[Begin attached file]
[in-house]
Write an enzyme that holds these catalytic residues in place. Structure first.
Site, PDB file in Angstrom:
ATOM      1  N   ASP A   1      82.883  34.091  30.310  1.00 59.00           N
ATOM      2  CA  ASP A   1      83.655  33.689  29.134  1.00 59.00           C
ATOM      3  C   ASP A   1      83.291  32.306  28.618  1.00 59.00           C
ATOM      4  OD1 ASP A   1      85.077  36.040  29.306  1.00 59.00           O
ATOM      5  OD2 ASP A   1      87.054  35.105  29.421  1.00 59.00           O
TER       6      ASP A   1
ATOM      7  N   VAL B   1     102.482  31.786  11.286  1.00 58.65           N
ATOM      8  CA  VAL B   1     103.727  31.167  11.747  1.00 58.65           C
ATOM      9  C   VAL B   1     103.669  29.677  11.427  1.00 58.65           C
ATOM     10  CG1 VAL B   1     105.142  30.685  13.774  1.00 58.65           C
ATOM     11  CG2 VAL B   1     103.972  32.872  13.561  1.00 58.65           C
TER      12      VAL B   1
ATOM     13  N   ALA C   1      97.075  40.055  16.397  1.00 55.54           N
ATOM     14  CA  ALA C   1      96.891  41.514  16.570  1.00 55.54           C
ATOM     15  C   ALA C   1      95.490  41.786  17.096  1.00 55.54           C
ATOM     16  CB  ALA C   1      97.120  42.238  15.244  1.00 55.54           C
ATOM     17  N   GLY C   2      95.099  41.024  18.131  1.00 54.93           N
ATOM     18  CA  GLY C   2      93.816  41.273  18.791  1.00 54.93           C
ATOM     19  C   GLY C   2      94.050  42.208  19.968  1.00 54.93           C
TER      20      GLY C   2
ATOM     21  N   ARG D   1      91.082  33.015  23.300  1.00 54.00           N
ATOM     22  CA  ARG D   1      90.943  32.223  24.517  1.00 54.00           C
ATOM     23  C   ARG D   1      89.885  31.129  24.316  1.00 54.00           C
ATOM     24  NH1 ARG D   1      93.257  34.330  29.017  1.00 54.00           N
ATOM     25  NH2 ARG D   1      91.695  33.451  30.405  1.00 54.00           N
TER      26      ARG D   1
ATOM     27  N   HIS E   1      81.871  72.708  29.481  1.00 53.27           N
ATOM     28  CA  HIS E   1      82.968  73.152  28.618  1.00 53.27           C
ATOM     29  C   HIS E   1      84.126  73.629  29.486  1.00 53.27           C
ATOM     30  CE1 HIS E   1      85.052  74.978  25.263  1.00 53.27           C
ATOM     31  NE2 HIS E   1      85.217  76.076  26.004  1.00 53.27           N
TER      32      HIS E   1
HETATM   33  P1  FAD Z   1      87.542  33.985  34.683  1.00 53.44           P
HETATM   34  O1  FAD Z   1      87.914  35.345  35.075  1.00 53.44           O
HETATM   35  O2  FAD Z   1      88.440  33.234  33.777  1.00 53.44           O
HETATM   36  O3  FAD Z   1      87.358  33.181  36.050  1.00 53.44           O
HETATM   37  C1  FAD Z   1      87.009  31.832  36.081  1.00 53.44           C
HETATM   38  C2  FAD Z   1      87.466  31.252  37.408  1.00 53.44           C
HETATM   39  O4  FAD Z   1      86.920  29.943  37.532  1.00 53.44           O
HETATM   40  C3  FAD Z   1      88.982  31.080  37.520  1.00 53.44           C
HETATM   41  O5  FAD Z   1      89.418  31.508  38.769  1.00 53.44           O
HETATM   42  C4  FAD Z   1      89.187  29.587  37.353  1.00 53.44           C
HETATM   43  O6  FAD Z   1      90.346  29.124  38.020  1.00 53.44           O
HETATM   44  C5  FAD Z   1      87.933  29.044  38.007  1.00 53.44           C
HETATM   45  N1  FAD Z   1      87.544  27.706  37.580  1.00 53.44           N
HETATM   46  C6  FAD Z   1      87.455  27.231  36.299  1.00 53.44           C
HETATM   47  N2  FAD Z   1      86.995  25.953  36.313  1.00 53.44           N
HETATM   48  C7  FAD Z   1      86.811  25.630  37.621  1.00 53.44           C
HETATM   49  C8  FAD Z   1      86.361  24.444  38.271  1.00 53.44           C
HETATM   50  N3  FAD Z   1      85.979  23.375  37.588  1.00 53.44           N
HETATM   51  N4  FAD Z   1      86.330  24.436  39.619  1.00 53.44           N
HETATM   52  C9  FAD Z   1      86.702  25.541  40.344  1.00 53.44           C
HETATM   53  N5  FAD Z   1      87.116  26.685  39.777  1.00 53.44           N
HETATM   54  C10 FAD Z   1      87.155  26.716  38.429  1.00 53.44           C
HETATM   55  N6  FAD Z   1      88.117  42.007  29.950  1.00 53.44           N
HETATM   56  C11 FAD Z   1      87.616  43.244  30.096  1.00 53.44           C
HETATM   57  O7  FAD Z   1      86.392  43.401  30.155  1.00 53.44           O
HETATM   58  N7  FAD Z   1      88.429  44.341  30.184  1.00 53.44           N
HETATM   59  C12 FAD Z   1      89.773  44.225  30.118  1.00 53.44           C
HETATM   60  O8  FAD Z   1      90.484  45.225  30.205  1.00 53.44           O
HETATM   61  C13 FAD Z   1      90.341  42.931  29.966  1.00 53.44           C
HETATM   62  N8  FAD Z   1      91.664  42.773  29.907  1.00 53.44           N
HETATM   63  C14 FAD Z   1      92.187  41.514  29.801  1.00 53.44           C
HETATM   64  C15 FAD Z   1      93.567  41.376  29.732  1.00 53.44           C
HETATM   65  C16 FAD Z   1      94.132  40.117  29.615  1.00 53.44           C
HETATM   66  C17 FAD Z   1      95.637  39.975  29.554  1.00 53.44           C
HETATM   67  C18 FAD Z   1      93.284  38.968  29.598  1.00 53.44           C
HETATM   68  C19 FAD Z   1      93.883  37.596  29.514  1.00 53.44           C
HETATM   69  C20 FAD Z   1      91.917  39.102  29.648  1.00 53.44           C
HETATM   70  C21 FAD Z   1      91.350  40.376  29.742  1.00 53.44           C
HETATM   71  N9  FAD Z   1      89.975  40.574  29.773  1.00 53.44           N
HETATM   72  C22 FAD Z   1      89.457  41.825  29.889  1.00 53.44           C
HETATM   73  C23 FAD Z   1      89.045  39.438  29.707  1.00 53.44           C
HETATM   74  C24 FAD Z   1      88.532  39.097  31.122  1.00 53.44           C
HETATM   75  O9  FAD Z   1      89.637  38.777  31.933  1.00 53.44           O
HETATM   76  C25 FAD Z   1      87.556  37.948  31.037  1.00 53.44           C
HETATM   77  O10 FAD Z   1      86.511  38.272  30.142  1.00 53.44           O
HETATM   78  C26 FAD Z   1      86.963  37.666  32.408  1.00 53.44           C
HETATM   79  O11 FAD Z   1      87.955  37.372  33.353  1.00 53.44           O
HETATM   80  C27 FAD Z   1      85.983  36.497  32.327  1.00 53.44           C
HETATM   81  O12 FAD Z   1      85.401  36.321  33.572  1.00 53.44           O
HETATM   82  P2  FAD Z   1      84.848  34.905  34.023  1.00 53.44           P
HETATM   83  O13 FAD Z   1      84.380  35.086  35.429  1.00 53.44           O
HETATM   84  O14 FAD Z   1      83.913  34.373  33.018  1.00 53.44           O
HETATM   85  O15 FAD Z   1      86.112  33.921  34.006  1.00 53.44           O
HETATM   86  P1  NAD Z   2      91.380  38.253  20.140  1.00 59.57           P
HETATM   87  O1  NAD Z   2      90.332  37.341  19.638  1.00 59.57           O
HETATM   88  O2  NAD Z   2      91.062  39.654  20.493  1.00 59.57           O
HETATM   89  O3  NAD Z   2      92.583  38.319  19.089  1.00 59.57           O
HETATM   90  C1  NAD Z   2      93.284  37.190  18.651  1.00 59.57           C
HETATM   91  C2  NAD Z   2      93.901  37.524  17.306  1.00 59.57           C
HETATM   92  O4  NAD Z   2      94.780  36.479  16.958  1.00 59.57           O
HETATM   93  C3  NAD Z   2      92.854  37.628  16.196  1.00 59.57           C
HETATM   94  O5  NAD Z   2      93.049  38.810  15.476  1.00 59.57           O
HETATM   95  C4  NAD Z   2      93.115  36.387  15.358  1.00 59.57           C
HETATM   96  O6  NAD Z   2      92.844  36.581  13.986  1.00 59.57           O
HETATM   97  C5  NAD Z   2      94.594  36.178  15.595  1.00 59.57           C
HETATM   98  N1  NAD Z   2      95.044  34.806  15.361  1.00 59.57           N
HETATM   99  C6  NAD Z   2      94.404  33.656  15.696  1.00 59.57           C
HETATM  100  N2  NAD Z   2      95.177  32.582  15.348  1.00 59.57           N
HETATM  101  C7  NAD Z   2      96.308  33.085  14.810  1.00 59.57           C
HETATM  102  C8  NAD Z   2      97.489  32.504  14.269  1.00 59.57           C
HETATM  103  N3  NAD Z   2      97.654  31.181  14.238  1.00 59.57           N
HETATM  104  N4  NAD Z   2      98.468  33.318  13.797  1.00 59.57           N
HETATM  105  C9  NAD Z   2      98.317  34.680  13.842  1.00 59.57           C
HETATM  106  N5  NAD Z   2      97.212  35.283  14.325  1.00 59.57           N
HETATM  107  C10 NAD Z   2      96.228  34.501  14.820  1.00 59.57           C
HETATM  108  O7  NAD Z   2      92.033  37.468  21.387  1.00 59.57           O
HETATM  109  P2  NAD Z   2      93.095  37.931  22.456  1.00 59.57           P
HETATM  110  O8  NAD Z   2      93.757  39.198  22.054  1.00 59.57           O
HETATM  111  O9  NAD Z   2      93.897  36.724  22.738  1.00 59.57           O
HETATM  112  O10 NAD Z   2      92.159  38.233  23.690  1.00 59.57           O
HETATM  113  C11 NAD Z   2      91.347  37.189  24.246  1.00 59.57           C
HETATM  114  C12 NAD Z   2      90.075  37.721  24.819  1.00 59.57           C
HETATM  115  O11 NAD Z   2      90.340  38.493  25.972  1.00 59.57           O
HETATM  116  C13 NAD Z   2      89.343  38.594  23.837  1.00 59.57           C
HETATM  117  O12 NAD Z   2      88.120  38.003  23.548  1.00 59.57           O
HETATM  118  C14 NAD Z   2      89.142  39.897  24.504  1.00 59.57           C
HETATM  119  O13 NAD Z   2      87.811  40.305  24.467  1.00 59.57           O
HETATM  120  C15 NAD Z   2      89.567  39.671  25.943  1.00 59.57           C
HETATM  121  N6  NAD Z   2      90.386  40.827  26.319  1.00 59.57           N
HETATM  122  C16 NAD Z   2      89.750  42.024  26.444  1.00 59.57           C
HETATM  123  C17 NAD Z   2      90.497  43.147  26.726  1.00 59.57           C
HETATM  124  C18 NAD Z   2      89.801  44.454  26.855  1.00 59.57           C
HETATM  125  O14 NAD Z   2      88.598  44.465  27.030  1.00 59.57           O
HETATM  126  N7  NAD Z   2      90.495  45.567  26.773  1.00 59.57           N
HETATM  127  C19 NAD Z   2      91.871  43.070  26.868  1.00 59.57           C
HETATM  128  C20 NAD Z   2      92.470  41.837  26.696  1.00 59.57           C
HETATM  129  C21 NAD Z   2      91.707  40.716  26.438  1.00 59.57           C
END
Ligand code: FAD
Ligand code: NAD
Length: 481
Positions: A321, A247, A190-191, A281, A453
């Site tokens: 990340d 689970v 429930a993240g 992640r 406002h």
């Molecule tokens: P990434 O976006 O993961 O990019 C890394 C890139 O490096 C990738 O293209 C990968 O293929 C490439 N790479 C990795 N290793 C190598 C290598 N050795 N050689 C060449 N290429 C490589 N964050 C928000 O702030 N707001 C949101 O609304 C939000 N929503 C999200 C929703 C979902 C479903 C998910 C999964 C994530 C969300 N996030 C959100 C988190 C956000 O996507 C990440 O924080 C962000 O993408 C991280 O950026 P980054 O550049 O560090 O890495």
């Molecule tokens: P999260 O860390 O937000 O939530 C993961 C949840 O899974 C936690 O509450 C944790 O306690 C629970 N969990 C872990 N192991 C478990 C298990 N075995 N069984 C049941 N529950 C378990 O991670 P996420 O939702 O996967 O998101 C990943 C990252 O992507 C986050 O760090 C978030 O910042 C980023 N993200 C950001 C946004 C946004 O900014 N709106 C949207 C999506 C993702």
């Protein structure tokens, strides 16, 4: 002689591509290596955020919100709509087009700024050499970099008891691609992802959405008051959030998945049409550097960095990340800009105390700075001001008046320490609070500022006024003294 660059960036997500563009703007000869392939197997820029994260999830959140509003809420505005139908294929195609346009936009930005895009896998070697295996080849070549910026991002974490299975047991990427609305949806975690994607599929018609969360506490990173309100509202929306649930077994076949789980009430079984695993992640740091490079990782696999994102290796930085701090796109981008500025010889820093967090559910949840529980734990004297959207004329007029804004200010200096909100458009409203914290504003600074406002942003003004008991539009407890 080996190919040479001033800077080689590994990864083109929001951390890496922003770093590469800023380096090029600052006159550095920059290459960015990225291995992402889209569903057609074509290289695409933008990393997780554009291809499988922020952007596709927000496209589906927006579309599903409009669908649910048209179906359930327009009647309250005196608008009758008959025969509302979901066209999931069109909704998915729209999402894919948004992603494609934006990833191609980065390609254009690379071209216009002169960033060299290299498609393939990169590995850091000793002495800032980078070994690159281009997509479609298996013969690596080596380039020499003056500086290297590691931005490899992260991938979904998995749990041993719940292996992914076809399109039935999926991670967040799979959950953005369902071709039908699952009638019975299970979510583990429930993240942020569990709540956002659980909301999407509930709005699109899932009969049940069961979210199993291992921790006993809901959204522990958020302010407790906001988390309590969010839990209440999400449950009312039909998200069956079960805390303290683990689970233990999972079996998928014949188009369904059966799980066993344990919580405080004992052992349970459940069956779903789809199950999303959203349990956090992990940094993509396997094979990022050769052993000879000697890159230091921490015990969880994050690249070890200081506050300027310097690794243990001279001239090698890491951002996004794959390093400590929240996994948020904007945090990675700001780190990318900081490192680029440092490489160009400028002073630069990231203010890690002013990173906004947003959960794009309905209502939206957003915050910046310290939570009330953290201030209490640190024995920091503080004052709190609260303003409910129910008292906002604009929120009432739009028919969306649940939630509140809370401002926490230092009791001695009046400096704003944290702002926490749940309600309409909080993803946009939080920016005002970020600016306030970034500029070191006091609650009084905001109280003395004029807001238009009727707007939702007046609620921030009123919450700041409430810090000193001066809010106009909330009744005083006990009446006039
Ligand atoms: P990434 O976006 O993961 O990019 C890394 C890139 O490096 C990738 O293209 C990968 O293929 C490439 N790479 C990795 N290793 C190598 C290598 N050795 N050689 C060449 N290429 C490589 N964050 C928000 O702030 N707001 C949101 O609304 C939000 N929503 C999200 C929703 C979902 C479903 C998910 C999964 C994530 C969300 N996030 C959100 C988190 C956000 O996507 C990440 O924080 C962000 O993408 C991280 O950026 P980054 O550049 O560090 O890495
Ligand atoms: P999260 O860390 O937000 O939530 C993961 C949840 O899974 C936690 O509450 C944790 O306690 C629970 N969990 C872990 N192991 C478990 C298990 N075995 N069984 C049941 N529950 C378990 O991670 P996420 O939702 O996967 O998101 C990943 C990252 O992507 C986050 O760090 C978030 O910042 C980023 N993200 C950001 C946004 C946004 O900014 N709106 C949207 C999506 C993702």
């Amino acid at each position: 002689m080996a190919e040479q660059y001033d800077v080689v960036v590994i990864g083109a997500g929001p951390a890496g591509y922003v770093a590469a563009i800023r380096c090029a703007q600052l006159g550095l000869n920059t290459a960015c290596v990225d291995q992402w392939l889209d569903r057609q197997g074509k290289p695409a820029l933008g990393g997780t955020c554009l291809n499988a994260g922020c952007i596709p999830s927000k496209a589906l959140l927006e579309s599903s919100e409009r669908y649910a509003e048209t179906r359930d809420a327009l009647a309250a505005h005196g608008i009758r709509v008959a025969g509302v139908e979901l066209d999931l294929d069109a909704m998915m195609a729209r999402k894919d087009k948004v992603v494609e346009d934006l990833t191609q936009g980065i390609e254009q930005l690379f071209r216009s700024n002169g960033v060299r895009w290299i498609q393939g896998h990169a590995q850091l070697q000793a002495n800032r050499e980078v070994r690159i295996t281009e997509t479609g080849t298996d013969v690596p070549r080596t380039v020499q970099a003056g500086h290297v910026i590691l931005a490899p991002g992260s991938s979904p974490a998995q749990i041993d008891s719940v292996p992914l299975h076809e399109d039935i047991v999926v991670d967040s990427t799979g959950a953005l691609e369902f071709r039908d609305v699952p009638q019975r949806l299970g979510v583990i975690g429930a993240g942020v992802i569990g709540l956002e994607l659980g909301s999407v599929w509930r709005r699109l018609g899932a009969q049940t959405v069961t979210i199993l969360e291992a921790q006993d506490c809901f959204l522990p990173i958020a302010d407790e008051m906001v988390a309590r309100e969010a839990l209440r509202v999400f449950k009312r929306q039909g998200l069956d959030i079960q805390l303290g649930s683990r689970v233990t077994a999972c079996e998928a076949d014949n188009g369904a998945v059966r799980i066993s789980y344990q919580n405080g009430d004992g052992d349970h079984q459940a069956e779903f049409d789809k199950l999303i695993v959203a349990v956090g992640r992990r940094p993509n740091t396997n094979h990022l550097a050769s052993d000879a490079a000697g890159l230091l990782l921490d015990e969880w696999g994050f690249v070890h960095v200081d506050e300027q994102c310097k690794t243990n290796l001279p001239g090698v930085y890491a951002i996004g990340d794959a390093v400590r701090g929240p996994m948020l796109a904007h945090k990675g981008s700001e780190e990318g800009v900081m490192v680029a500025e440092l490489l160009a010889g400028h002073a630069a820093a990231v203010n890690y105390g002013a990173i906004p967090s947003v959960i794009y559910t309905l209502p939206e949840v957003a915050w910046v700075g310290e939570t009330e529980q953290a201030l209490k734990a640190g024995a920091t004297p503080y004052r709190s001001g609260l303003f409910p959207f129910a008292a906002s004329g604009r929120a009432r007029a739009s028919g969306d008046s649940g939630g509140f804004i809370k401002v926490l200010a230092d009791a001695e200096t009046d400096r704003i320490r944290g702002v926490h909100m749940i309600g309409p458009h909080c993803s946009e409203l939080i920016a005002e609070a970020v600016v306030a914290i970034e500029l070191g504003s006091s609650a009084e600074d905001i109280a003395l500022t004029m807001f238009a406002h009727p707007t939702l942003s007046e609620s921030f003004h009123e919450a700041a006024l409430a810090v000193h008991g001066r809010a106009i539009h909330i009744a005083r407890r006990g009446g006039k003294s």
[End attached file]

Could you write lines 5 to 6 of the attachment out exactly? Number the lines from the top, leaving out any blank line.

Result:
ATOM      2  CA  ASP A   1      83.655  33.689  29.134  1.00 59.00           C
ATOM      3  C   ASP A   1      83.291  32.306  28.618  1.00 59.00           C